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Life As an Electromechanical Engineering Technologist

Example of an Electromechanical Engineering Technologist Job Assist electromechanical engineers in such activities as computer-based process control, instrumentation, or machine design. May prepare layouts of machinery or equipment, plan the flow of work, conduct statistical studies, or analyze production costs.

Electromechanical Engineering Technologist Responsibilities

  • Establish and maintain inventory, records, or documentation systems.
  • Translate electromechanical drawings into design specifications, applying principles of engineering, thermal or fluid sciences, mathematics, or statistics.
  • Select electromechanical equipment, materials, components, or systems to meet functional specifications.
  • Consult with machinists or technicians to ensure that electromechanical equipment or systems meet design specifications.
  • Identify energy-conserving production or fabrication methods, such as by bending metal rather than cutting and welding or casting metal.
  • Select and use laboratory, operational, or diagnostic techniques or test equipment to assess electromechanical circuits, equipment, processes, systems, or subsystems.

What an Electromechanical Engineering Technologist Should Know

These are the skills Electromechanical Engineering Technologists say are the most useful in their careers:

Active Listening: Giving full attention to what other people are saying, taking time to understand the points being made, asking questions as appropriate, and not interrupting at inappropriate times.

Reading Comprehension: Understanding written sentences and paragraphs in work related documents.

Critical Thinking: Using logic and reasoning to identify the strengths and weaknesses of alternative solutions, conclusions or approaches to problems.

Complex Problem Solving: Identifying complex problems and reviewing related information to develop and evaluate options and implement solutions.

Active Learning: Understanding the implications of new information for both current and future problem-solving and decision-making.

  • Electro-Mechanical Technologist
  • Senior Mechanical Designer
  • Senior Designer
  • Senior Tech Manufacturing Engineering
  • Process Control Tech

Is There Job Demand for Electromechanical Engineering Technologists?

There were about 76,800 jobs for Engineering Technicians, Except Drafters in 2016 (in the United States).

New jobs are being produced at a rate of 5.2% which is lower than average. The Bureau of Labor Statistics predicts 4,000 new jobs for Electromechanical Engineering Technologists by 2026. The BLS estimates 7,100 yearly job openings in this field per year.

Forecasted Number of Jobs for Electromechanical Engineering Technologists in U.S.

The states with the most job growth for Engineering Technicians, Except Drafters are Texas, California, and Arizona.

Watch out if you plan on working in Vermont, West Virginia, or South Dakota. These states have the worst job growth for this type of profession.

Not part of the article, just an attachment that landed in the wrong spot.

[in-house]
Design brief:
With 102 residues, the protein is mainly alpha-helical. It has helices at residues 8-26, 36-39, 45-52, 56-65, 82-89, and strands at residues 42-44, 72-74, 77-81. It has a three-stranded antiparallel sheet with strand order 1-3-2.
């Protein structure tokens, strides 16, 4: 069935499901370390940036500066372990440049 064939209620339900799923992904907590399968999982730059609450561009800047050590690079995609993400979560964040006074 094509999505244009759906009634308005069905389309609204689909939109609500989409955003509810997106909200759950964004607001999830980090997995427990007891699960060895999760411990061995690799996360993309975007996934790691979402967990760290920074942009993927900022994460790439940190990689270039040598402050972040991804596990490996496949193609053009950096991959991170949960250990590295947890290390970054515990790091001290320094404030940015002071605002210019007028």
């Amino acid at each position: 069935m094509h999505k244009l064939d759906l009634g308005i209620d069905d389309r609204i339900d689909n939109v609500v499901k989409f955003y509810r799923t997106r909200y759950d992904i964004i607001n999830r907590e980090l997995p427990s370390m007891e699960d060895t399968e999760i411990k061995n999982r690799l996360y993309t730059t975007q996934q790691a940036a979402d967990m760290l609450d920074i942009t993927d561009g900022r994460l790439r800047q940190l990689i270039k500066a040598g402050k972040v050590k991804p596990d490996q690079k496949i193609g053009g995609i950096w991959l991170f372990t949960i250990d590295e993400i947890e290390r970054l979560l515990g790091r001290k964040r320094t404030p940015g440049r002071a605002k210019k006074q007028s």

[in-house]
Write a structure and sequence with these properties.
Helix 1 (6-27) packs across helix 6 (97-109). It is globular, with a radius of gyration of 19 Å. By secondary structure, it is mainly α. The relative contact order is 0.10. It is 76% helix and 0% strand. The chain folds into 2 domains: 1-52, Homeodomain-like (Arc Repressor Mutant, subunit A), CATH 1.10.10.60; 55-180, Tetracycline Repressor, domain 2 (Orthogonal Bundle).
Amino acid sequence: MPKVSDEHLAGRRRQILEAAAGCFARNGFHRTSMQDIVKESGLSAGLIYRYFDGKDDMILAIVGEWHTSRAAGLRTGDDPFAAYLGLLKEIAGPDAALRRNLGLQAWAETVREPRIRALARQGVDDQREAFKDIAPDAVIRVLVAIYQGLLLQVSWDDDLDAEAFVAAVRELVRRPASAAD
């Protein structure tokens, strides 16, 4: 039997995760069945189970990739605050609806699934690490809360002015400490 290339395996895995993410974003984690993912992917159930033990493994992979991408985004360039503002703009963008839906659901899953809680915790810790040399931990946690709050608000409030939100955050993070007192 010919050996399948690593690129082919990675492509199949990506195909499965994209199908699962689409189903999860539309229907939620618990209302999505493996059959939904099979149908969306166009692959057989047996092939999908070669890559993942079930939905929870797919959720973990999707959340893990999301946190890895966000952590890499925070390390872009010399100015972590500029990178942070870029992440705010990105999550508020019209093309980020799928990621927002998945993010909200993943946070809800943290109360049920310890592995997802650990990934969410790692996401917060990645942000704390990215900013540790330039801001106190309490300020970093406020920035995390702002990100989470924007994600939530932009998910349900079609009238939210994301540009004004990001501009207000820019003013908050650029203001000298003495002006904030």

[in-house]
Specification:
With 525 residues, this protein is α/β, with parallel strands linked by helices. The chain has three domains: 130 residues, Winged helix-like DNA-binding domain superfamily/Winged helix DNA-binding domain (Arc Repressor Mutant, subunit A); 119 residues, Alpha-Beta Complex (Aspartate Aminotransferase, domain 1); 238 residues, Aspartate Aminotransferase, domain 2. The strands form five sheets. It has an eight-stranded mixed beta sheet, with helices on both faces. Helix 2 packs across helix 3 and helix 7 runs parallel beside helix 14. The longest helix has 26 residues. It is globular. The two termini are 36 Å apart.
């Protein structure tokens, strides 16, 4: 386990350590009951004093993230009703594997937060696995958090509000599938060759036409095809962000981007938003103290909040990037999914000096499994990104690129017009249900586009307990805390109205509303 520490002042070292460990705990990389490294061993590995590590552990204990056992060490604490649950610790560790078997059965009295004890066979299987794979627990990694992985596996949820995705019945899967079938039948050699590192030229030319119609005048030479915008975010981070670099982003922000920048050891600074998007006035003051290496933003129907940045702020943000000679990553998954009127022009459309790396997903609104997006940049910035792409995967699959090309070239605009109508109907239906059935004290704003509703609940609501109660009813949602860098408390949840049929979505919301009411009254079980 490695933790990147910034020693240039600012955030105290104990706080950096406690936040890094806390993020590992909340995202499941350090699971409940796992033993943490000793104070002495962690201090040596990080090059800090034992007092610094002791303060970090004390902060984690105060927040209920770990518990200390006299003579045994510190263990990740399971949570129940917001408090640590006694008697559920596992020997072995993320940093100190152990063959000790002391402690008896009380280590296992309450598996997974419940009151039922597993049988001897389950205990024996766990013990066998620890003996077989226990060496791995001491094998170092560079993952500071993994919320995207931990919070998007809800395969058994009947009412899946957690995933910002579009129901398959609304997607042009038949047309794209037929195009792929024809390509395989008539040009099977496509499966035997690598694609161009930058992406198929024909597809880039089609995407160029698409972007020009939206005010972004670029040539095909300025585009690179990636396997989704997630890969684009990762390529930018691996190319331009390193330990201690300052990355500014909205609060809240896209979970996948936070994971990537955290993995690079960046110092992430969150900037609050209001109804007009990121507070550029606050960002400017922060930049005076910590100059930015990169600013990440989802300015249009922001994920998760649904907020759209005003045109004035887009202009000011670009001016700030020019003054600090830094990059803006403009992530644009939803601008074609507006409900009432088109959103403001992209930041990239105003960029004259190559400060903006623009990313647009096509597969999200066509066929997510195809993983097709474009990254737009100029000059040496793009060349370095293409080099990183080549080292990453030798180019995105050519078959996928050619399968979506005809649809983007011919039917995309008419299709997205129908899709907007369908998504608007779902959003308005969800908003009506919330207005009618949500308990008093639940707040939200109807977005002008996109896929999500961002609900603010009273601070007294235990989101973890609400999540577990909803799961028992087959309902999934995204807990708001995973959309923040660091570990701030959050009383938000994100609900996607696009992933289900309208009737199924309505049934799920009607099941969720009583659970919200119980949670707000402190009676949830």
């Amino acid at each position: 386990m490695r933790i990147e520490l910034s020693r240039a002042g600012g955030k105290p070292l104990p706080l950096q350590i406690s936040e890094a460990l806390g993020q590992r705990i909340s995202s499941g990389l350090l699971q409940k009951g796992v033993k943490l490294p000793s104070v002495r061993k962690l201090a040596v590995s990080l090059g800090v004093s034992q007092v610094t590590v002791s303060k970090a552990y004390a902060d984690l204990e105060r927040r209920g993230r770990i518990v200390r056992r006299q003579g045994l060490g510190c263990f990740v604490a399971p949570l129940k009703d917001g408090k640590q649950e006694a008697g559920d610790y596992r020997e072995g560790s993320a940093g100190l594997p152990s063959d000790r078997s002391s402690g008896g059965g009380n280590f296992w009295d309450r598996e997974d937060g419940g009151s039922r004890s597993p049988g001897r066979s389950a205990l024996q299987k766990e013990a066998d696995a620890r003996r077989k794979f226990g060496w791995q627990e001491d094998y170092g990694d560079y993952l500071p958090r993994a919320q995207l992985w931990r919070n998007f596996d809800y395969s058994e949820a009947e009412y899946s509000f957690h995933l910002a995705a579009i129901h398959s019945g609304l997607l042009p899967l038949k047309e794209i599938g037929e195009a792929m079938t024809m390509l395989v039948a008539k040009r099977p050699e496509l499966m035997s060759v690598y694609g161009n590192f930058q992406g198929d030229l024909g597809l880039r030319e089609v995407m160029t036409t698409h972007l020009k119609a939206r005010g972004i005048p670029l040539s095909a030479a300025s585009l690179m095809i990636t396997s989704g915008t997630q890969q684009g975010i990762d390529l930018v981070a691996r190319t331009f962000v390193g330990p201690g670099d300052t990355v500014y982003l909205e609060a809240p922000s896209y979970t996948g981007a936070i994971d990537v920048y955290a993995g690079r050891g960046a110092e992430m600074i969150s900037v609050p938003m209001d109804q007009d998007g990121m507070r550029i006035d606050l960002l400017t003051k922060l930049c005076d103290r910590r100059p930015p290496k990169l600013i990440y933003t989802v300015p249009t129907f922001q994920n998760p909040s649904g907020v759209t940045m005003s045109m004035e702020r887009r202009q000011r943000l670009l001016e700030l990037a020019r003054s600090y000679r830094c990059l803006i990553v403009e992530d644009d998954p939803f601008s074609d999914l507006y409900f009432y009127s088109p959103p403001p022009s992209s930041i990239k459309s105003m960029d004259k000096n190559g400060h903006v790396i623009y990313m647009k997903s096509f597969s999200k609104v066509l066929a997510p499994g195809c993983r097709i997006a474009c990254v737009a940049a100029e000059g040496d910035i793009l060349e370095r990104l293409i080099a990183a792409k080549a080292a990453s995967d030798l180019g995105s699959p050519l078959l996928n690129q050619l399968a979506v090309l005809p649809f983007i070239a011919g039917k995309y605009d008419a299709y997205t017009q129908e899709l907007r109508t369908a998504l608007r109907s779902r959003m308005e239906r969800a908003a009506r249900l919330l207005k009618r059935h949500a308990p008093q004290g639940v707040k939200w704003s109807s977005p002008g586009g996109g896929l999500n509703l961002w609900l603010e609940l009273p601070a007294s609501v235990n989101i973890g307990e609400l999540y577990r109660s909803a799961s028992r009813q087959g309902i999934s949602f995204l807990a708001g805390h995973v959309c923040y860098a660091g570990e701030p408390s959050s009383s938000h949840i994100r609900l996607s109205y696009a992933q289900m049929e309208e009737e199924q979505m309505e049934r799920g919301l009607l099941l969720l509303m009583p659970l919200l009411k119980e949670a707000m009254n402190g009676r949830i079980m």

Do Electromechanical Engineering Technologists Make A Lot Of Money?

The salary for Engineering Technicians, Except Drafters ranges between about $36,120 and $98,720 a year. An Electromechanical Engineering Technologist median salary is $63,200.

Salary Ranges for Electromechanical Engineering Technologists

How much do Engineering Technicians, Except Drafters make in each U.S. state?

Annual Mean Salary by State
State Annual Mean Salary

District of Columbia

$92,600

Maryland

$84,790

Maine

$79,670

New Mexico

$78,160

Virginia

$77,280

Hawaii

$76,070

New Jersey

$75,380

North Dakota

$75,030

Washington

$74,810

Rhode Island

$73,240

Alaska

$71,850

California

$71,420

Nevada

$71,330

South Carolina

$70,820

West Virginia

$70,550

Wyoming

$67,110

Texas

$66,630

Kansas

$65,870

Connecticut

$64,510

Michigan

$64,270

Massachusetts

$64,220

Oklahoma

$63,790

New York

$63,780

Illinois

$63,760

North Carolina

$63,600

Colorado

$63,590

Ohio

$61,060

Mississippi

$60,500

Arkansas

$60,310

Louisiana

$59,930

Missouri

$59,830

Georgia

$59,830

Montana

$59,810

Alabama

$59,380

Arizona

$59,210

Vermont

$58,960

Kentucky

$58,880

Florida

$58,860

Wisconsin

$58,780

Indiana

$58,450

Tennessee

$57,800

New Hampshire

$57,730

Nebraska

$57,630

Iowa

$57,620

Minnesota

$57,440

Pennsylvania

$57,210

Oregon

$56,890

Utah

$56,480

Idaho

$55,540

Delaware

$51,380

South Dakota

$51,110

What Tools do Electromechanical Engineering Technologists Use?

Although they’re not necessarily needed for all jobs, the following technologies are used by many Electromechanical Engineering Technologists:

  • National Instruments Ultiboard
  • Autodesk AutoCAD
  • Dassault Systemes SolidWorks
  • PTC Creo Parametric
  • Microsoft Excel
  • Microsoft Office
  • Computer aided design CAD software
  • Microsoft PowerPoint
  • National Instruments Multisim
  • National Instruments LabVIEW

How to Become an Electromechanical Engineering Technologist

What education is needed to be an Electromechanical Engineering Technologist?

Electromechanical Engineering Technologist Degree Level

How Long Does it Take to Become Electromechanical Engineering Technologist?

Electromechanical Engineering Technologist Work Experience

Who Employs Electromechanical Engineering Technologists?

Electromechanical Engineering Technologist Sectors

References

Bureau of Labor Statistics

College Factual

O*NET Online

Image Credit: Via Wikimedia Commons

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